Iranian president Hassan Rouhani threatened to revitalize the country's nuclear program if the United States continues with "threats and sanctions" against his country.
Rouhani said the program could be restarted "in an hour and a day" and would be more advanced than it was in 2015 when Iran signed a nuclear deal with other world powers. That agreement capped Iran's uranium enrichment levels in return for the lifting of international sanctions.
Nikki Haley, the U.S. Ambassador to the United Nations responded to Rouhani's threat saying, "Iran can't be allowed to use the nuclear deal to hold the world hostage."
"Iran, under no circumstances, can ever be allowed to have nuclear weapons," she said in a statement. "At the same time, however, we must also continue to hold Iran responsible for its missile launches, support for terrorism, disregard for human rights and violations of U.N. Security Council resolutions."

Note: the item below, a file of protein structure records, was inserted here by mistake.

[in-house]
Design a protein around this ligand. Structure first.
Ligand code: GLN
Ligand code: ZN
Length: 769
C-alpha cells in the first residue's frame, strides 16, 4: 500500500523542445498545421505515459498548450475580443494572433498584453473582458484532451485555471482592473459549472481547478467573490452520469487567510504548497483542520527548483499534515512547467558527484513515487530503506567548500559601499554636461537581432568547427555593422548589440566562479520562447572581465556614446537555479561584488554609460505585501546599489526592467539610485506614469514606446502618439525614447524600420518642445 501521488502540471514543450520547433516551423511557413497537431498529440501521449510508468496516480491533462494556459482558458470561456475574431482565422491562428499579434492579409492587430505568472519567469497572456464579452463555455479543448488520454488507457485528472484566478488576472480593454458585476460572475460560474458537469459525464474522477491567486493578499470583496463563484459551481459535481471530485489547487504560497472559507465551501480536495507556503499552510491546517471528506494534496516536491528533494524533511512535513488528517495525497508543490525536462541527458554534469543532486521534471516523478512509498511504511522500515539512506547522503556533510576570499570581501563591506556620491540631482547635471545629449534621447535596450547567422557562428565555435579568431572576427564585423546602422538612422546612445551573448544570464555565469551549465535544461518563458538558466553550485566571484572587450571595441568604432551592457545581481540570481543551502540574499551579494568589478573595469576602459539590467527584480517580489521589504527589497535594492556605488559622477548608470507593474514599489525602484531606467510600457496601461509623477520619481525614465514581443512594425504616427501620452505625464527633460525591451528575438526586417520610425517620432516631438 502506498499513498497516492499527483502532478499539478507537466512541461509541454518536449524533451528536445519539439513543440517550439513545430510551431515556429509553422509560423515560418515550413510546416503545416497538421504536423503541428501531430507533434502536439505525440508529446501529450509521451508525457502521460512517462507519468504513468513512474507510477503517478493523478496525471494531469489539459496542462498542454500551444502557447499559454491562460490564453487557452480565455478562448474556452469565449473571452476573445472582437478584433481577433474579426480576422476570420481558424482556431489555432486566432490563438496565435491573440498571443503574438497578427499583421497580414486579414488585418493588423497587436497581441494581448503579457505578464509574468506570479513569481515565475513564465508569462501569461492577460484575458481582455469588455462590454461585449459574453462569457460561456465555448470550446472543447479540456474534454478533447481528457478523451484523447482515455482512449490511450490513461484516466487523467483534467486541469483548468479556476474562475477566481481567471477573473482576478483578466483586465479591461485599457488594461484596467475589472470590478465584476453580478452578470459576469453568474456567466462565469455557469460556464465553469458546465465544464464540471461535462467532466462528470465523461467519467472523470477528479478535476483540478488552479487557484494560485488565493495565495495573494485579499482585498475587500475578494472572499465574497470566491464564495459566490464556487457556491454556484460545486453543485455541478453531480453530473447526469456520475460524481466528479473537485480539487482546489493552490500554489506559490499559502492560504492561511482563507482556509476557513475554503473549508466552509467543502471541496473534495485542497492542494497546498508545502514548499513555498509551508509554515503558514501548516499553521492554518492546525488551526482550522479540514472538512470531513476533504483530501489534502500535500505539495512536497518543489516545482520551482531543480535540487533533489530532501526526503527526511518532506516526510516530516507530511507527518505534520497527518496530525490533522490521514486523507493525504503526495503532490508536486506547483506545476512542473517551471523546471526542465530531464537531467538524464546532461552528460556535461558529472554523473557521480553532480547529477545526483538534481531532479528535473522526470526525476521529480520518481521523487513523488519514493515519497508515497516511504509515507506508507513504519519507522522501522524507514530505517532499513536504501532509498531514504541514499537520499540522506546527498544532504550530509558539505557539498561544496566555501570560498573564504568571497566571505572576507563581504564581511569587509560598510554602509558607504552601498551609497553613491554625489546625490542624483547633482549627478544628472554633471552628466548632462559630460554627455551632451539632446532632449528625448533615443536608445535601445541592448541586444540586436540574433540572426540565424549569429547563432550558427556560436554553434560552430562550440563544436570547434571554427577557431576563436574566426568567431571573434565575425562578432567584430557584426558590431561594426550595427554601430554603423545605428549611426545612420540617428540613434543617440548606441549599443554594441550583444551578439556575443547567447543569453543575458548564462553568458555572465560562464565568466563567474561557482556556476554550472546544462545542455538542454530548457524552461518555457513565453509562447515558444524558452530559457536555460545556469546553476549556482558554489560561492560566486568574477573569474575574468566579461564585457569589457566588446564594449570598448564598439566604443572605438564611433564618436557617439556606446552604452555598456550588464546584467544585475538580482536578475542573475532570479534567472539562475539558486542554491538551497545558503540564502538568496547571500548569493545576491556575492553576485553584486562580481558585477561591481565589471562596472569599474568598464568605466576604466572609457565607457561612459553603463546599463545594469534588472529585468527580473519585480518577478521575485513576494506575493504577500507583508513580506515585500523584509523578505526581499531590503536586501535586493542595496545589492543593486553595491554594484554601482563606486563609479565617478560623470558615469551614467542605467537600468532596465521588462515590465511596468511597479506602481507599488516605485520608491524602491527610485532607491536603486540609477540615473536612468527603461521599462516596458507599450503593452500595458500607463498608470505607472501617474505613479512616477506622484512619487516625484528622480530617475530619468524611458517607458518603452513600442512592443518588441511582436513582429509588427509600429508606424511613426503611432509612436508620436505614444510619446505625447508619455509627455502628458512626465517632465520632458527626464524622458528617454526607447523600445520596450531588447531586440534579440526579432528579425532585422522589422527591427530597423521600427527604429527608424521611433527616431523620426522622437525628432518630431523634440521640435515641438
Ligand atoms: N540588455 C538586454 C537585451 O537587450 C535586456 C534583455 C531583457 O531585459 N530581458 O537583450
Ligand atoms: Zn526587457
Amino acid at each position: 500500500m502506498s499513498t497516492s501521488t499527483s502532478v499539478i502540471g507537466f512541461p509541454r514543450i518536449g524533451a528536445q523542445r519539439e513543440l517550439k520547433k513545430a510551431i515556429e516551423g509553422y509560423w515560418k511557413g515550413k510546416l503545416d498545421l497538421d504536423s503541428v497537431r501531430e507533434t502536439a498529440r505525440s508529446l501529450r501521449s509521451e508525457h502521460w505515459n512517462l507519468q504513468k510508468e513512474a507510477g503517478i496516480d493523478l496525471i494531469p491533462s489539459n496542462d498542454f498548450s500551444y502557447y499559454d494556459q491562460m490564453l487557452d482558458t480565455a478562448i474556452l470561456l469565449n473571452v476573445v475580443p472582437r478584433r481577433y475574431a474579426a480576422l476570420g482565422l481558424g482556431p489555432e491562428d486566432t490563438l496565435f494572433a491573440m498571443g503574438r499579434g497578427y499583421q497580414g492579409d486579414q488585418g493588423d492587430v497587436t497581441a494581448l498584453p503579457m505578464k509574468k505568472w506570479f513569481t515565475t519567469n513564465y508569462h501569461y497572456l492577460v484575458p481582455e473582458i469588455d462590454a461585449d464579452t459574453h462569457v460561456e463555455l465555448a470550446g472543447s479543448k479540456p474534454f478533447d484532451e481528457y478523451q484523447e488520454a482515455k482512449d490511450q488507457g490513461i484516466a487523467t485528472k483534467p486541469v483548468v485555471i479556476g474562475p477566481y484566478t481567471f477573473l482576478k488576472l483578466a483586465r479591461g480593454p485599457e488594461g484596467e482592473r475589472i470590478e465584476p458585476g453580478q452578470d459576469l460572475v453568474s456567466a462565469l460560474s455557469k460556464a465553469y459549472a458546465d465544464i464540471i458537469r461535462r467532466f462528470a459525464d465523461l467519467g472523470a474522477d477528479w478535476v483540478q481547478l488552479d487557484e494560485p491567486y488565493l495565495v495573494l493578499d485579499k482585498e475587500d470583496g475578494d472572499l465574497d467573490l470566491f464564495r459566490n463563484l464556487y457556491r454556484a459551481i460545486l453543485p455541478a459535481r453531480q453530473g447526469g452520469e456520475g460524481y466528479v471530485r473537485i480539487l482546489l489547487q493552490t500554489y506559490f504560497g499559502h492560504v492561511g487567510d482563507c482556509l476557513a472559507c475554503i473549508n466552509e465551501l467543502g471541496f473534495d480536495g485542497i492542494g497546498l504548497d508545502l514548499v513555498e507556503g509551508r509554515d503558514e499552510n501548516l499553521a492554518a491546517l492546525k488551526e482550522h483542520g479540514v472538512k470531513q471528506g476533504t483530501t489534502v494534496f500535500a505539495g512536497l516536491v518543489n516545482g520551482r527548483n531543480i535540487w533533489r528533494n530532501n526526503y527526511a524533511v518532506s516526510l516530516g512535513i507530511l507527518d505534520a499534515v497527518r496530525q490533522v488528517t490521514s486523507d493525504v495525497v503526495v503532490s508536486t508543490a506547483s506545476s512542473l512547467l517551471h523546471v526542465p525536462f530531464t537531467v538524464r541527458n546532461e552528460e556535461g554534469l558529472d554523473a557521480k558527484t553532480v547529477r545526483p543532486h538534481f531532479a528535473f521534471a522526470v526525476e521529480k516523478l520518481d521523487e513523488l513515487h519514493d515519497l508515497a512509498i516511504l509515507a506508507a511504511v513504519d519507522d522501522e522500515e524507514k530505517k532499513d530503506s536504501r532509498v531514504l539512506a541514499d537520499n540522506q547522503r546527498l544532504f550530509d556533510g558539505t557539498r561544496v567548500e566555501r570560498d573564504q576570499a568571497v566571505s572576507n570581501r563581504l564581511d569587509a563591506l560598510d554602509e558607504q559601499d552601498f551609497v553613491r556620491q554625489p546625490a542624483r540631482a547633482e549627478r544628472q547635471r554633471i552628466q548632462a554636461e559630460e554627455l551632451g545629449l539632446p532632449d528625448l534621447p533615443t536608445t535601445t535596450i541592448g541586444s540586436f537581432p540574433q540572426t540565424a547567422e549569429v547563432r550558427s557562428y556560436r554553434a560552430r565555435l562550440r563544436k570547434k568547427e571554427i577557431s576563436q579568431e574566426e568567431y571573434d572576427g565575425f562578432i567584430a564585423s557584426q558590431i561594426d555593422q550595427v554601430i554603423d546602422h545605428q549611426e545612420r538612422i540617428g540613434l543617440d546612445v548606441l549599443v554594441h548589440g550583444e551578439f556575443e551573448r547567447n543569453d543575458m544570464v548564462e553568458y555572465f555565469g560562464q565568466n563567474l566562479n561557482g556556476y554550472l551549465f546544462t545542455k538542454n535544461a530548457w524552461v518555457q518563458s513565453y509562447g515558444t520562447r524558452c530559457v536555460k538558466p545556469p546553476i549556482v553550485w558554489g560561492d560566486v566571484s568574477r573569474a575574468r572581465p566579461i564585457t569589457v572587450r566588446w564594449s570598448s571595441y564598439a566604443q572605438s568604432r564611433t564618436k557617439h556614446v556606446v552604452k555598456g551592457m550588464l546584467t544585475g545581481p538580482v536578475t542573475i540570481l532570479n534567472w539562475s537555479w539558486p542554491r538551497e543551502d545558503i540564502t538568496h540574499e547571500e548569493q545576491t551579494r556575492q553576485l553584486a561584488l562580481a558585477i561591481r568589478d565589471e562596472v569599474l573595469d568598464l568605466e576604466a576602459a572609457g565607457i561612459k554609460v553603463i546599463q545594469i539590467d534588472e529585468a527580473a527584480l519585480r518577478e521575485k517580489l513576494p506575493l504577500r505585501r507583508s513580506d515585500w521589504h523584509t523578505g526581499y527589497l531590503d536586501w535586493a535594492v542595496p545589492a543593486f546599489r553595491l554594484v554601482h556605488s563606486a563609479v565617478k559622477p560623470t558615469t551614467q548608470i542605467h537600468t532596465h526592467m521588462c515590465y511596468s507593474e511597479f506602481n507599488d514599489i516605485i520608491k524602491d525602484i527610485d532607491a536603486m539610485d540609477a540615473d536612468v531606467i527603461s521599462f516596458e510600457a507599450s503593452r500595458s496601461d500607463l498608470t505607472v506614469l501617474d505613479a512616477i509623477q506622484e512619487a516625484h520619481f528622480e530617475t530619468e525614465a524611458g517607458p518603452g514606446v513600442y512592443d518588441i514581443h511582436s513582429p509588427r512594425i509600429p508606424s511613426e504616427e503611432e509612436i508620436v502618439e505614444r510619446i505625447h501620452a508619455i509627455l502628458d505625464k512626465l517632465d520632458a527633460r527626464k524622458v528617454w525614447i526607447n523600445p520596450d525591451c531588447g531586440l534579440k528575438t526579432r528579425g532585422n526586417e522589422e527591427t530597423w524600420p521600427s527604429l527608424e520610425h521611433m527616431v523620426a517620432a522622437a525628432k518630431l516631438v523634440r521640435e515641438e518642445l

Currently, Rouhani's threat remains just that. The leader offered no evidence of Iran's capability to rapidly restart higher enrichment, even though the country still has its stock of centrifuges.
Many suspect Rouhani's threat was meant to appease Iranians who want the leader to take a tougher stand against the U.S. Still, this is likely to further strain U.S.-Iranian relations going forward.
The Associated Press contributed to this report.